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  • Tricks
  • china tech
  • disruptive innovation

OPTO Sessions Kevin Carter on “the biggest opportunity in the history of capitalism”, Evergrande and picking the next Alibaba

Kevin Carter, the founder and chief investment officer at EMQQ, started his career in the active mutual funds business only to realise that the high fees weren’t profitable for retail investors and traders. That took him down the direct indexing path, which allows investors to buy stocks of an index rather than buying mutual funds.

The journey to investing in China for Carter was circumstantial. What started with a Google employee seeking out investing advice led to Carter becoming the go-to specialist in Mountain View, San Francisco. When more employees from the tech company heard of the China investment opportunity, they egged Carter to identify investments, and since then, the market has been a focus for him.

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The thought of investing in China in September 2021 rakes up doomsday visuals of an economic collapse in tow of real estate player Evergrande. “I don't think that the Internet and e-commerce companies will be meaningfully affected by Evergrande or whatever plays out there. The e-commerce story in China and the developing world is a secular trend,” Carter said confidently.

According to Carter, pangs of pain while the situation is being wound down may be felt, but China will navigate through it just as the US did when Lehman Brothers collapsed in 2008. “A lot of people are going to lose some money, but I don’t think it’s going to destroy China’s story,” Carter added.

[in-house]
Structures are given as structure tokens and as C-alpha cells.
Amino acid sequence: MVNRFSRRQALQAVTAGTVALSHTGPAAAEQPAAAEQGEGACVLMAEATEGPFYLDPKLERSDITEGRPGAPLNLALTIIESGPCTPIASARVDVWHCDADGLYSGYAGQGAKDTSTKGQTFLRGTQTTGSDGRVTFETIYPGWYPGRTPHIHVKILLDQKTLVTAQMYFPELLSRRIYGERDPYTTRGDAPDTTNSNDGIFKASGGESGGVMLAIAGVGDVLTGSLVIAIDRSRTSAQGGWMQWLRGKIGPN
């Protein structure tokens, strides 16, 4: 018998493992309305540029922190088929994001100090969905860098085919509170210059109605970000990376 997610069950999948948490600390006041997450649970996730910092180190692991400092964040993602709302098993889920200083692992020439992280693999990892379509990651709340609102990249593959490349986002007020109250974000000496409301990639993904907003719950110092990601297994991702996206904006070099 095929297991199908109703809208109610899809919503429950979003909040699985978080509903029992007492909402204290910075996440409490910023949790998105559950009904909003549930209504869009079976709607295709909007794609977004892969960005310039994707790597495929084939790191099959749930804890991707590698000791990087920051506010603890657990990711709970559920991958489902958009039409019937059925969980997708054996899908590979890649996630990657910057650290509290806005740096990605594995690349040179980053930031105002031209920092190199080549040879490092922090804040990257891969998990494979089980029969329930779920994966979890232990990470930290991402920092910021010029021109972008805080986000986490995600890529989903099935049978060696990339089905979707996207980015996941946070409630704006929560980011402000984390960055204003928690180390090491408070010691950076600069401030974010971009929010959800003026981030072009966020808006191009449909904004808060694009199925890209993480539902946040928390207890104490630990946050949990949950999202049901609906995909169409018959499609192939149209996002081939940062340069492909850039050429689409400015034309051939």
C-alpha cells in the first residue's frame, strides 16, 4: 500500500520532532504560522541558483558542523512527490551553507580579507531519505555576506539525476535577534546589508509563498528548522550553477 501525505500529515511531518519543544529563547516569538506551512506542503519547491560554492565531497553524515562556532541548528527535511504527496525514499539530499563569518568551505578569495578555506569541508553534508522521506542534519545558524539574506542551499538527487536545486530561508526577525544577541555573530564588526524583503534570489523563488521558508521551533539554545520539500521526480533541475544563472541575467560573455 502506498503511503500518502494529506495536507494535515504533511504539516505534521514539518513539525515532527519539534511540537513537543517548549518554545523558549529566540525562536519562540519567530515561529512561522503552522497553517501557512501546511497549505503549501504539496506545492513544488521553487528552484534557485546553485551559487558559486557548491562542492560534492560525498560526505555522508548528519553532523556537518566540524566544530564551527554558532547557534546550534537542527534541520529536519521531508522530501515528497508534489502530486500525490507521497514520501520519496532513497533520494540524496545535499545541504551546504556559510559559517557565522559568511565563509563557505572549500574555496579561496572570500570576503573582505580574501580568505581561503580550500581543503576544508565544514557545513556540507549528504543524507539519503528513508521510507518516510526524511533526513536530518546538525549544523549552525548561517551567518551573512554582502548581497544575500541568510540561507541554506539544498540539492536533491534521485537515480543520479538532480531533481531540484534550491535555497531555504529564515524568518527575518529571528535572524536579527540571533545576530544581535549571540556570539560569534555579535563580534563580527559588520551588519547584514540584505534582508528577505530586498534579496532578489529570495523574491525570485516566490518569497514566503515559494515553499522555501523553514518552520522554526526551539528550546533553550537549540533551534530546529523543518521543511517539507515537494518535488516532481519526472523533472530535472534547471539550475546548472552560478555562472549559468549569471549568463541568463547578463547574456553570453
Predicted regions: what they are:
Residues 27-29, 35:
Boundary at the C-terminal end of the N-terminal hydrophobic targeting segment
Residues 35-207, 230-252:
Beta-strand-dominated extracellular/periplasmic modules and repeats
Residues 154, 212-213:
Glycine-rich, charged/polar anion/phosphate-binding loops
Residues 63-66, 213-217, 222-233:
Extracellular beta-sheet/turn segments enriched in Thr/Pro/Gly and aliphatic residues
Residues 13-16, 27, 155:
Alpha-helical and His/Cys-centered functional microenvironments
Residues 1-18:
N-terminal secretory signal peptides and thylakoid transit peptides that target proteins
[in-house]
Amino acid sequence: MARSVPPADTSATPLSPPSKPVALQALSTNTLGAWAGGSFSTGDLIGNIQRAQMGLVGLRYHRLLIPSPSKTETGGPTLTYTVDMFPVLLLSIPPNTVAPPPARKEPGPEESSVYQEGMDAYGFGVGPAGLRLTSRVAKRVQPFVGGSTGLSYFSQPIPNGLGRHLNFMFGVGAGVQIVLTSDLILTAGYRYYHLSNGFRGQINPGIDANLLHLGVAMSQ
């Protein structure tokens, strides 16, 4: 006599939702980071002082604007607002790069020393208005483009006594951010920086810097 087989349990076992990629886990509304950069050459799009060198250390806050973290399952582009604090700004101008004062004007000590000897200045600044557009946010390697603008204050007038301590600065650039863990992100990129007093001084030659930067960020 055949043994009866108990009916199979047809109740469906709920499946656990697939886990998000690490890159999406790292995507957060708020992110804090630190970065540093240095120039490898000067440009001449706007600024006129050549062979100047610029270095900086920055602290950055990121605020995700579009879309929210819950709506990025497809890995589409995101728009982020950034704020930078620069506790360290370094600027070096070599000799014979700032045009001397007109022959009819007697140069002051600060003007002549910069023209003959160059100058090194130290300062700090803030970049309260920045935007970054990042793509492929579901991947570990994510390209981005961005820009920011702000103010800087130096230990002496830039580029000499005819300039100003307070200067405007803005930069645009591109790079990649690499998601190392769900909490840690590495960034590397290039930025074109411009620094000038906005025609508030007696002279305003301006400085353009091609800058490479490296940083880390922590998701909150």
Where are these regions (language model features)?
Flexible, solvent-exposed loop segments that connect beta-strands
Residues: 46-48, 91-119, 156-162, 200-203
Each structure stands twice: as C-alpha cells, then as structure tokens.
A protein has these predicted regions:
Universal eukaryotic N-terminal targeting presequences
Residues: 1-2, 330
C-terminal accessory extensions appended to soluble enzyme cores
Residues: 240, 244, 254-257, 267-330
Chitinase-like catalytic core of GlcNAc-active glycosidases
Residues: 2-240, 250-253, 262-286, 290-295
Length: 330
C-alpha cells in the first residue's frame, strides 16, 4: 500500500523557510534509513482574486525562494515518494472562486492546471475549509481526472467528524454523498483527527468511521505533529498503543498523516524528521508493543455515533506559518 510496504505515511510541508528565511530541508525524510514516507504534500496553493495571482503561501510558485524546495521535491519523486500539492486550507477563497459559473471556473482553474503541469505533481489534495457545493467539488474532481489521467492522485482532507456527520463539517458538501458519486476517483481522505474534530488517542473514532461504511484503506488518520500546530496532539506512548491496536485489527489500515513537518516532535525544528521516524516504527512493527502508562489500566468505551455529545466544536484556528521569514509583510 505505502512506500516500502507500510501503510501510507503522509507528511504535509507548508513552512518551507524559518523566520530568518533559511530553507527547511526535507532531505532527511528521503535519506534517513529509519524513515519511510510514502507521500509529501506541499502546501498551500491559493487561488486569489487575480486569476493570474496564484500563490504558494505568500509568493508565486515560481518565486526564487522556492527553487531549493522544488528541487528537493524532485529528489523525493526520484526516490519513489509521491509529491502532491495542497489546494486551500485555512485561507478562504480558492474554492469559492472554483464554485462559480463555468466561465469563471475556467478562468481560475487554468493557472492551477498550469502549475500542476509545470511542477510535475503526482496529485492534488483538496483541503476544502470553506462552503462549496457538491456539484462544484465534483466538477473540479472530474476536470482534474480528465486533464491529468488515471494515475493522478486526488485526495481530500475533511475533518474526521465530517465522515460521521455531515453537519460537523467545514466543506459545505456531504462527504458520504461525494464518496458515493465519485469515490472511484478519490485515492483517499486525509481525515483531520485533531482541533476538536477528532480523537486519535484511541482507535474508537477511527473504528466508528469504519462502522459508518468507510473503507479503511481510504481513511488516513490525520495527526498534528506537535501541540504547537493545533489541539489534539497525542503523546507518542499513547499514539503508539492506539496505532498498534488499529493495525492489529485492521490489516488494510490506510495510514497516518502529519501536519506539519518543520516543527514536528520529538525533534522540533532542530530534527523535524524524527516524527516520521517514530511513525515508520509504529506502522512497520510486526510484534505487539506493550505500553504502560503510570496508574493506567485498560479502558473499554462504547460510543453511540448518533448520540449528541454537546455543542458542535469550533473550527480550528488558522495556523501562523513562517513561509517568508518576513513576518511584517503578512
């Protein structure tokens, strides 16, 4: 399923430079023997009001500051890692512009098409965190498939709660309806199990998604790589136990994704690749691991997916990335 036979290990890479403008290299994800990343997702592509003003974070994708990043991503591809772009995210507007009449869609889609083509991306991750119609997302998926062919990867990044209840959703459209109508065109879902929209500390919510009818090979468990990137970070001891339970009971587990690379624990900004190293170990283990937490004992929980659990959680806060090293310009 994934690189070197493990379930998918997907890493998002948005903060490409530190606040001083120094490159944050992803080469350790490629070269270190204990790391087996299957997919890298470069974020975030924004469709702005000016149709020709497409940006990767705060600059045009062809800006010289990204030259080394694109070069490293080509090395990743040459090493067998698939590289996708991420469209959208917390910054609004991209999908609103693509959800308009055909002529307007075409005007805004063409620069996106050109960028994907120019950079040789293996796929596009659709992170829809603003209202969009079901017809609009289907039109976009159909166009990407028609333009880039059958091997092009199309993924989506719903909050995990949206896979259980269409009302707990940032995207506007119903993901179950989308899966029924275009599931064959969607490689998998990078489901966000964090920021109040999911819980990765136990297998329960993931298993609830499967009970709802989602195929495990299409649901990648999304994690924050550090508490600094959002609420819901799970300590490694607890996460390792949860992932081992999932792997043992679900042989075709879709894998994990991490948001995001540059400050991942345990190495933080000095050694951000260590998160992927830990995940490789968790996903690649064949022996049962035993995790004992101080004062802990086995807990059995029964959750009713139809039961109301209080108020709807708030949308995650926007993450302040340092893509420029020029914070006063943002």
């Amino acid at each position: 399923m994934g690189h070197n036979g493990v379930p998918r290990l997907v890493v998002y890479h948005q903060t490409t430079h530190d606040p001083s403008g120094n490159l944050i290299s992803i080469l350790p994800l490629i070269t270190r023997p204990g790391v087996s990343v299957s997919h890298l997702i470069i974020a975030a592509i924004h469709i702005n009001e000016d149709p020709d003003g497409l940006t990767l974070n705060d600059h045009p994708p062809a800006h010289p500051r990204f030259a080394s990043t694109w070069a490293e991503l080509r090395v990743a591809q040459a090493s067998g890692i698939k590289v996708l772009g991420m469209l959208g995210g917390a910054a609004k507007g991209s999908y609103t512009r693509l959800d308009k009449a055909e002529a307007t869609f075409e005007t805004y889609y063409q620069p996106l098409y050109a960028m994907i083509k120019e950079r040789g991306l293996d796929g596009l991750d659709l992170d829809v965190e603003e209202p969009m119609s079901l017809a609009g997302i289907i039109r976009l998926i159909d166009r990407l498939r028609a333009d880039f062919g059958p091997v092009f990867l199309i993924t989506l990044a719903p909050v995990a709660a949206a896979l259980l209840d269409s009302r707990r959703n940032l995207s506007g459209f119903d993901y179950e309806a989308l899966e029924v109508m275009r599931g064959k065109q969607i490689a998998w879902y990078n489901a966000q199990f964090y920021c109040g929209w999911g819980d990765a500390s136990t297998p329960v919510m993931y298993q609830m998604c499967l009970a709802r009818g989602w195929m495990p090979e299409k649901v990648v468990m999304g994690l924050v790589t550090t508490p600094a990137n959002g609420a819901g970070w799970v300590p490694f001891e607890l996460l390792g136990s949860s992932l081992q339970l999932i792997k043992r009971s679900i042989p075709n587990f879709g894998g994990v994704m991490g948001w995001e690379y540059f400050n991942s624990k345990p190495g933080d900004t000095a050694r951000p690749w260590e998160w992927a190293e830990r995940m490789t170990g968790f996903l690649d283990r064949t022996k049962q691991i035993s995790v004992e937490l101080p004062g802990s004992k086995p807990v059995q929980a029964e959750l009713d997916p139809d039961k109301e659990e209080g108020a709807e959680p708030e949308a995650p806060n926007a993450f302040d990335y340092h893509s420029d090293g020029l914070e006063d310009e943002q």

“A lot of people are going to lose some money, but I don’t think it’s going to destroy China’s story”

 

For those, who are considering investing in emerging markets, “they really ought to be trying to capture the growth of consumption more than anything”. He points out that the emerging and frontiers sector has grown about 38% in the last decade.

Carter expects that growth to continue because, with retail infrastructure lacking in some emerging economies, the first-time access to the Internet via mobile phones will spur buying in segments that have remained untapped.

“China's e-commerce market is four times as much as India, Brazil, Russia, all of them combined, and it’s about twice as big as the US. The penetration rate of e-commerce is about 25% in China, and in the rest of the emerging and frontier markets, which we call ‘The Next Frontier’, it’s about 5%,” he said.

“The penetration rate of e-commerce is about 25% in China, and in the rest of the emerging and frontier markets, which we call ‘The Next Frontier’, it’s about 5%”

That said, EMQQ’s investment philosophy rests on actual growth, not notional gains.

“The investment decision is really two things, what to buy, and what’s the price.” The focus must remain on moats and growth, where high gross margins and usually high returns on equity are visible, he explains.

“The second question is the price tag,” Carter added, explaining that it is earnings that give the company its value, and a measure for that is the inverse of the PE ratio. Carter recommends that a back of the envelop calculation of value should govern whether it is a good time to buy a stock.

 

To find out more about Carter’s investment strategy and his thoughts on investing in the emerging market consumption story, listen to the full episode.

 

 

And for more ways to listen:

 

Listen to the full interview and explore our past episodes on Opto Sessions.

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